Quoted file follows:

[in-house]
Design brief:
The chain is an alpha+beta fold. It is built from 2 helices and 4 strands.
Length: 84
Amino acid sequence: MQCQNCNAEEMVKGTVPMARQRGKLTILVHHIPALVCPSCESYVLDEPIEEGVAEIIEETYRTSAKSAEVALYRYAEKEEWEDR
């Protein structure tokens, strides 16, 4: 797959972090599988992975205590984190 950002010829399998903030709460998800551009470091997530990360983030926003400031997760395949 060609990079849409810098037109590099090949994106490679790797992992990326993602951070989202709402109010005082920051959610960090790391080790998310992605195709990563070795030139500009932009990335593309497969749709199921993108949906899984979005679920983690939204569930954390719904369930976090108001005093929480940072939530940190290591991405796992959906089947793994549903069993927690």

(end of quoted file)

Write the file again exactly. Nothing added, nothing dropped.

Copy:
[in-house]
Design brief:
The chain is an alpha+beta fold. It is built from 2 helices and 4 strands.
Length: 84
Amino acid sequence: MQCQNCNAEEMVKGTVPMARQRGKLTILVHHIPALVCPSCESYVLDEPIEEGVAEIIEETYRTSAKSAEVALYRYAEKEEWEDR
């Protein structure tokens, strides 16, 4: 797959972090599988992975205590984190 950002010829399998903030709460998800551009470091997530990360983030926003400031997760395949 060609990079849409810098037109590099090949994106490679790797992992990326993602951070989202709402109010005082920051959610960090790391080790998310992605195709990563070795030139500009932009990335593309497969749709199921993108949906899984979005679920983690939204569930954390719904369930976090108001005093929480940072939530940190290591991405796992959906089947793994549903069993927690």